Replaced by Adam Lallana with the Reds’ 3-1 ahead, the lack of attacking threat posed by Klopp’s men thereafter was obvious after his exit, showing the importance he carries for this team.
Joel Matip Sorely Missed
Concern arose before kick-off as news of the absence of the imperious Joel Matip due to an ankle injury spread.
Worry over how the Reds would cope surfaced, and understandably so given Klopp’s side have not lost with the Cameroonian in the team this season.
And in an embarrassing collapse, those fears were brutally realised, leaving almost everyone pointing to the scale of the absence of the towering centre-back as Lovren and Lucas – oddly preferred to specialist back-up Ragnar Klavan – failed to deputise.
The air of composure Matip brings to defending situations was sorely missed, as was his aerial dominance as Bournemouth delivered balls into the box searching for a comeback – as seen for their third goal.
Lovren clearly struggled without the stability of his usual partner by his side, and the Reds back four went to pieces without Matip’s ability to organise and marshall the defence.
Origi Taking His Opportunity
Another positive aspect from a dreadful afternoon, despite his alarming second period tail-off, was another goal for Origi who continues to take the chance handed to him.
Since injury to Coutinho presented the Belgian with the chance he’s waited for, he’s not looked back, instantly hitting the ground running in hugely impressive fashion.
A fantastic finish from a near-impossible angle after rounding Artur Boruc gave the Reds a magnificent second goal, with this strike being Origi’s third goal in as many games and his seventh in his last eight starts.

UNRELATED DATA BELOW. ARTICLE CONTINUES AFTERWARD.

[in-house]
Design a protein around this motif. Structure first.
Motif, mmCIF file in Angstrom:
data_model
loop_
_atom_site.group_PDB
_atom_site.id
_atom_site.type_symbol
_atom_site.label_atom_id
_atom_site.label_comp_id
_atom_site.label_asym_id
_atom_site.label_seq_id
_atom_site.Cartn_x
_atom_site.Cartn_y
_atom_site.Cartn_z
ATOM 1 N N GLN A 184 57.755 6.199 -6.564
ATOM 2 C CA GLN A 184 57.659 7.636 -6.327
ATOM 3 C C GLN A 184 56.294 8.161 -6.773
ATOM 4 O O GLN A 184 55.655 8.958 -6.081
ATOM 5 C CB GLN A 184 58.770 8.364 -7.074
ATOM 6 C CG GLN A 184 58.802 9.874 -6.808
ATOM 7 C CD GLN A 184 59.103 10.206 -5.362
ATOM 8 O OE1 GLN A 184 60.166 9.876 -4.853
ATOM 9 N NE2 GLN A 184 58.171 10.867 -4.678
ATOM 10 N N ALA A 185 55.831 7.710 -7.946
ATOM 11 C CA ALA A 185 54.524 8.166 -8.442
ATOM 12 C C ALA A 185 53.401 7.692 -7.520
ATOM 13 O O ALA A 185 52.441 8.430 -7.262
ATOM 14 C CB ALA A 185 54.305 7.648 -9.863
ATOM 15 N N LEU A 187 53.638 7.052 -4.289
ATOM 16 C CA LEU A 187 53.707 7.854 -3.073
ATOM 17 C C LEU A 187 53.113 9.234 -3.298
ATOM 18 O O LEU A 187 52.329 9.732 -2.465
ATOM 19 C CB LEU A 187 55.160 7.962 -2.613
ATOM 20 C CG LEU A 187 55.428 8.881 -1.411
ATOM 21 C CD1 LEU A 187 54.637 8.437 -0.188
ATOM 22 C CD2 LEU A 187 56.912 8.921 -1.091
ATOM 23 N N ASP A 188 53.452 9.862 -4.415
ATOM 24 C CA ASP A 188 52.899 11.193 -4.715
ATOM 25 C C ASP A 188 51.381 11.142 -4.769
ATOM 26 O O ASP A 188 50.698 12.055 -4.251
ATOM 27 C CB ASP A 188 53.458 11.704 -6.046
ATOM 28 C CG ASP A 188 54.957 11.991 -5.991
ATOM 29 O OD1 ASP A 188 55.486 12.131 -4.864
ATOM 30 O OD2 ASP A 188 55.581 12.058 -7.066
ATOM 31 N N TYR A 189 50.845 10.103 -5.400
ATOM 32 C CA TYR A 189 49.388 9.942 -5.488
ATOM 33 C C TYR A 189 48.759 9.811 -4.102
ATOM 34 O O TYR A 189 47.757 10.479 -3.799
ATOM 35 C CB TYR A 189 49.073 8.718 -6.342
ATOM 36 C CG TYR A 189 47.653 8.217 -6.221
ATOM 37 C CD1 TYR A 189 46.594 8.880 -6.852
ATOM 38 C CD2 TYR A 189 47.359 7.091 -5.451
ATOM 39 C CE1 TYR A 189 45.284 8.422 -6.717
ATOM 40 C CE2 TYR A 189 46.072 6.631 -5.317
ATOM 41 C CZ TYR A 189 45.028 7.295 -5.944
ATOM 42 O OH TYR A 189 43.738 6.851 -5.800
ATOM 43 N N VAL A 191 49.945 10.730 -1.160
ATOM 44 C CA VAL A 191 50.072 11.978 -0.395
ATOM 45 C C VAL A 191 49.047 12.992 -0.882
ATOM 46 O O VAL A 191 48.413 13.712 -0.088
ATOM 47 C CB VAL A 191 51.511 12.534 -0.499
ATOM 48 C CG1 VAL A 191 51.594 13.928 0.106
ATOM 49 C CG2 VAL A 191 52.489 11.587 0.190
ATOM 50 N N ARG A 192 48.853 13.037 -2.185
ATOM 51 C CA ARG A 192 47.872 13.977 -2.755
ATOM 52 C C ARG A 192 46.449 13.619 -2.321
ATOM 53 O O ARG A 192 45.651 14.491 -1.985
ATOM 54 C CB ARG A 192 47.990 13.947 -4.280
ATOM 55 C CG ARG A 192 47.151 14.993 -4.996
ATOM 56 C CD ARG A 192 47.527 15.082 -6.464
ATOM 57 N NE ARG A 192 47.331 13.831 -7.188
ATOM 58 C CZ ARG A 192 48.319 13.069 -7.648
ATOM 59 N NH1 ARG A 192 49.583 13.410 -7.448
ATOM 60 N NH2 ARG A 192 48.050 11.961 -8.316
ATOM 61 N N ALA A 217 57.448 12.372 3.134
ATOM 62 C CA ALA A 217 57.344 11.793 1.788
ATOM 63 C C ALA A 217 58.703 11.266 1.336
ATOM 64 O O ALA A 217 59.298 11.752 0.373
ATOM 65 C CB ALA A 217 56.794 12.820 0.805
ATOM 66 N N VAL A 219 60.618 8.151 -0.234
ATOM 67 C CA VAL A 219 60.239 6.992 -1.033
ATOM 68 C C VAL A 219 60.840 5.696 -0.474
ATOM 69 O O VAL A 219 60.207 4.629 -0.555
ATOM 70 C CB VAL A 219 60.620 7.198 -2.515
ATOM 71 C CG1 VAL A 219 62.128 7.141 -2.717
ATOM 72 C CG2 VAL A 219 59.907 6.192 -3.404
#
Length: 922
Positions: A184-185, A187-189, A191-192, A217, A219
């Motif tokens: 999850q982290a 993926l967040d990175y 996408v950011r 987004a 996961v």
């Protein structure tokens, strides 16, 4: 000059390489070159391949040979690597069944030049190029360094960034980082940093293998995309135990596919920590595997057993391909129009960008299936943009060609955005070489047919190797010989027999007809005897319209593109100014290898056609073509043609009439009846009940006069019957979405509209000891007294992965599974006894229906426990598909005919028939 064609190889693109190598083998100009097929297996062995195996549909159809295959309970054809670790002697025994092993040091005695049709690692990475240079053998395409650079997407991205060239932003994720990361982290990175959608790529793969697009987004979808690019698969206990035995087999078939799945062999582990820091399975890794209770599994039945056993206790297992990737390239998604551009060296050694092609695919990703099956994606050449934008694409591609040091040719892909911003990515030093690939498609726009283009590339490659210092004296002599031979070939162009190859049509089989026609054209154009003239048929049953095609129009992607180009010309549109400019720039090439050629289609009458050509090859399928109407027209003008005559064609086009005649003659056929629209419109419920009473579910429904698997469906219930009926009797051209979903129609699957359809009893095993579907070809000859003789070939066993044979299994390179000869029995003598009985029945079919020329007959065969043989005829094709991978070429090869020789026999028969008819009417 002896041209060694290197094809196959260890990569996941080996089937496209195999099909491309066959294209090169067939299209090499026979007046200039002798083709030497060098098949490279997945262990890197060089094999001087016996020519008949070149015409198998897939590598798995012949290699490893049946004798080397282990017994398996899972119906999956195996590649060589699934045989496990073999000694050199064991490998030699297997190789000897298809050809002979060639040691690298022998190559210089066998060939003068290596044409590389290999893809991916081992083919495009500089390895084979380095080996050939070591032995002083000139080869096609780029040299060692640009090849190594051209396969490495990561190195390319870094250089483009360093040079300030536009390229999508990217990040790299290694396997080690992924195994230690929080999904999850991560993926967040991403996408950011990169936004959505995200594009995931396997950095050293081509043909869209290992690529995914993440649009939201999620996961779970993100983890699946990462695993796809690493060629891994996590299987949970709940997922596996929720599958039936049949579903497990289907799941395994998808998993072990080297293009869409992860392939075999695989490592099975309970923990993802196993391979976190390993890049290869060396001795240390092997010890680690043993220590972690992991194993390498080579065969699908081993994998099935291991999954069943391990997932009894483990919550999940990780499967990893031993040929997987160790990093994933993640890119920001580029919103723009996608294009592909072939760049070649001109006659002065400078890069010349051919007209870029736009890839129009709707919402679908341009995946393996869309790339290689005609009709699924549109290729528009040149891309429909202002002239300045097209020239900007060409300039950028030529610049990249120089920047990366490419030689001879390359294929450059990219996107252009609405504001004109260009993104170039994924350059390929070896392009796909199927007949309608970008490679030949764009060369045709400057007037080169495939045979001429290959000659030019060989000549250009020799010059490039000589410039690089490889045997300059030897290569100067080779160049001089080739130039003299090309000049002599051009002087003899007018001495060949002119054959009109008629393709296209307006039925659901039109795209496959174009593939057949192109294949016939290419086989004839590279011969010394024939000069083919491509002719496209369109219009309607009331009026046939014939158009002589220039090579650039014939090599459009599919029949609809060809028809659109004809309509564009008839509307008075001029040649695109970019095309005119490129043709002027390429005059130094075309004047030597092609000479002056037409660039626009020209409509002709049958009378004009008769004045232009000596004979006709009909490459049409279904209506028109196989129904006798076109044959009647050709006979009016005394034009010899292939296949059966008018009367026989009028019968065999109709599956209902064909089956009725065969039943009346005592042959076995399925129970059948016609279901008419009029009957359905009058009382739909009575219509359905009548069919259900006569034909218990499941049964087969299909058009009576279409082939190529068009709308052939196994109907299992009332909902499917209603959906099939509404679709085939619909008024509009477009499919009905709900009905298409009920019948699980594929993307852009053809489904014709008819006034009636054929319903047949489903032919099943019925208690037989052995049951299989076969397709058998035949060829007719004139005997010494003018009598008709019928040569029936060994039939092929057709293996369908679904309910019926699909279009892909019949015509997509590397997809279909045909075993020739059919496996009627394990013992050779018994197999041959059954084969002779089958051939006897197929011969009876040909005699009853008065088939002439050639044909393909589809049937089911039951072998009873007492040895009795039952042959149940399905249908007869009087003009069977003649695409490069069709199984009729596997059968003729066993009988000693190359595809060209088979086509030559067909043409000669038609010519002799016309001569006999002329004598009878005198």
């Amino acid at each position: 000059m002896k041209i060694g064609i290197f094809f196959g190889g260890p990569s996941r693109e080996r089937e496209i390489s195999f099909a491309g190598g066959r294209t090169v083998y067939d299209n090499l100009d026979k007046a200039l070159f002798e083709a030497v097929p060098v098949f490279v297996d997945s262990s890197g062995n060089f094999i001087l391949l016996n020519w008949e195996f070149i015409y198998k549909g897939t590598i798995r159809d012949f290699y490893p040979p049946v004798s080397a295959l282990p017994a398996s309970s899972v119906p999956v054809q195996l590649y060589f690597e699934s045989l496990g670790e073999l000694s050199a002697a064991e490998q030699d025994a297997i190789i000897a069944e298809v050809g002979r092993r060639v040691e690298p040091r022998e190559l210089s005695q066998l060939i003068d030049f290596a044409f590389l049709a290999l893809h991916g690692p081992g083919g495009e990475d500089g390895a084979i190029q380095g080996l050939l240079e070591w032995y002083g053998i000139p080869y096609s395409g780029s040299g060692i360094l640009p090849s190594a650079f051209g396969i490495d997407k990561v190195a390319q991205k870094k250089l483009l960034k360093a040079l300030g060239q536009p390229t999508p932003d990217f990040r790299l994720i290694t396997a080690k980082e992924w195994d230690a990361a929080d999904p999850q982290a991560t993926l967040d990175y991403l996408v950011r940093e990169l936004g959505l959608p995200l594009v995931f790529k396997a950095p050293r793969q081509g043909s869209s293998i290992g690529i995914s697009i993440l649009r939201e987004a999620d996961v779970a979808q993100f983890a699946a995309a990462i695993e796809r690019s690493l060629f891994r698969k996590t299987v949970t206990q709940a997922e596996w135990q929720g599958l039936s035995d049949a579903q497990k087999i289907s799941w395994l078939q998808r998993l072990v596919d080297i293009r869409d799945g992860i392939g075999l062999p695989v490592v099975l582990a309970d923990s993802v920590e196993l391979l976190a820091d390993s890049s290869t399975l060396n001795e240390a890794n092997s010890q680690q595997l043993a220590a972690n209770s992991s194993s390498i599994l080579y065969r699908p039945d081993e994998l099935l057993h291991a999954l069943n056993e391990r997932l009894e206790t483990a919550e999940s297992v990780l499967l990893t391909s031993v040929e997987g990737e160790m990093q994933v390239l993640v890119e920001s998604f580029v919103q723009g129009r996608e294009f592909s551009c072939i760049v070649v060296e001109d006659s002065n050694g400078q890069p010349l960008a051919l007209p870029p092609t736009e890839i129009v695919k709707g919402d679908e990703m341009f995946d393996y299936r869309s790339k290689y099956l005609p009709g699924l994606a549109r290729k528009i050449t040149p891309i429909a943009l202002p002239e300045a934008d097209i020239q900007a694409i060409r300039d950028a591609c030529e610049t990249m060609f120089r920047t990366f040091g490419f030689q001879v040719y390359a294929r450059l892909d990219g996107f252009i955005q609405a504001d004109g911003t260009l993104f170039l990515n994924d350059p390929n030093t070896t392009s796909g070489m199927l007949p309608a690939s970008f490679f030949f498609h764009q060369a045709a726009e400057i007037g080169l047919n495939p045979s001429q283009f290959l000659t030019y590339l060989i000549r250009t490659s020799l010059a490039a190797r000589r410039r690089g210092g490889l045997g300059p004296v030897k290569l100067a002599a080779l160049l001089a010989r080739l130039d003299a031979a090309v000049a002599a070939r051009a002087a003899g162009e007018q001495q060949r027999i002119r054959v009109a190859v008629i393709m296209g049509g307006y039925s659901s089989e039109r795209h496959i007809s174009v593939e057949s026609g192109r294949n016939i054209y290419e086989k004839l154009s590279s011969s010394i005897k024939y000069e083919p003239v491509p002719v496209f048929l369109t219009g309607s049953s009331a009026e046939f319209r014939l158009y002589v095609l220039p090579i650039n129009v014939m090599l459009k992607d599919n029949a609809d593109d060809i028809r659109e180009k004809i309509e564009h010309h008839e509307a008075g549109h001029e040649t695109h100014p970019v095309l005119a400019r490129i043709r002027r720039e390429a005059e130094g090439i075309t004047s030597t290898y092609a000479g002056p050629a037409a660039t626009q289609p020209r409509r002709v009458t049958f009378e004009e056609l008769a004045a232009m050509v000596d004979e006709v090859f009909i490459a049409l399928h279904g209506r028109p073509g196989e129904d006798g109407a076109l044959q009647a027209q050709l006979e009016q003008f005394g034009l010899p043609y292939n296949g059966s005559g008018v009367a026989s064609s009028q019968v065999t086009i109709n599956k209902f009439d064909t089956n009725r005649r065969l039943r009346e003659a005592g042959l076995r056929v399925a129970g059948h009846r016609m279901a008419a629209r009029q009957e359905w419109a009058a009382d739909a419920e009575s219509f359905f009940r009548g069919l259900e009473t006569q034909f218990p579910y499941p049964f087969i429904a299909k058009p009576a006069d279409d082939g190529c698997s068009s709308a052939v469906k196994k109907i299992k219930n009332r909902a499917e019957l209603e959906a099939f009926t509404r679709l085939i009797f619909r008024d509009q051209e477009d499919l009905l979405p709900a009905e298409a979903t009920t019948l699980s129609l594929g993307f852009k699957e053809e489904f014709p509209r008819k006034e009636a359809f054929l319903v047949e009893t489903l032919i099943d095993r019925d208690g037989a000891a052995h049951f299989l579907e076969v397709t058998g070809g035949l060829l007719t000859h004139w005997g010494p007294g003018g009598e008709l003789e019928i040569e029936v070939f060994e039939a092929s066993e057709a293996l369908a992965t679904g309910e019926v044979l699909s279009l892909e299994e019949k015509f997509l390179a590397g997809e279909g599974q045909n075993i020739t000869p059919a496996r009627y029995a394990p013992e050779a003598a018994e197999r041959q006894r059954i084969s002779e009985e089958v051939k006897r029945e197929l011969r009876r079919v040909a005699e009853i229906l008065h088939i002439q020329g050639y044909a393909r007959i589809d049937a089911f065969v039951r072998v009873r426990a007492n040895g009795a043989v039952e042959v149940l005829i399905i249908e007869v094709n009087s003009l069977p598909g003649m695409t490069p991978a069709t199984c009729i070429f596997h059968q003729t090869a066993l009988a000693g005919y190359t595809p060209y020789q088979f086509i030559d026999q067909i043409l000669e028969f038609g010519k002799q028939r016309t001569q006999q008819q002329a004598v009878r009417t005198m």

The striker has recently earned plaudits from Klopp for showing patience to wait for his chance as well as his application on Melwood’s training pitches, and this work is paying off.
Klopp’s Impact From The Bench Limited
As the game developed and Liverpool lost their way, inspiration from the bench was needed to stem the flow of the growing threat posed by Bournemouth in search of a comeback.
But missing some key men, leaving options depleted, Klopp had precious little to call upon to turn the tide back in Liverpool’s favour – with Lallana the only real candidate to enter, as he did for Mane after 69 minutes.
While understandable not to turn to young trio Trent Alexander-Arnold, Ovie Ejaria or Ben Woodburn in such situation, the lack of trust in defensive alternatives Klavan and Alberto Moreno who sat unused when Liverpool were hanging on spoke volumes.
It was only the second time this season that Klopp has not utilised all three substitutes at his disposal, highlighting the lack of genuine options to change and manage the game here.
By contrast, Eddie Howe changed the game with the introduction of Fraser, as well as the power added by Benif Afobe.
With injuries mounting up and a tough period to negotiate over and after Christmas, Klopp could find himself being more active than initially anticipated in the January window.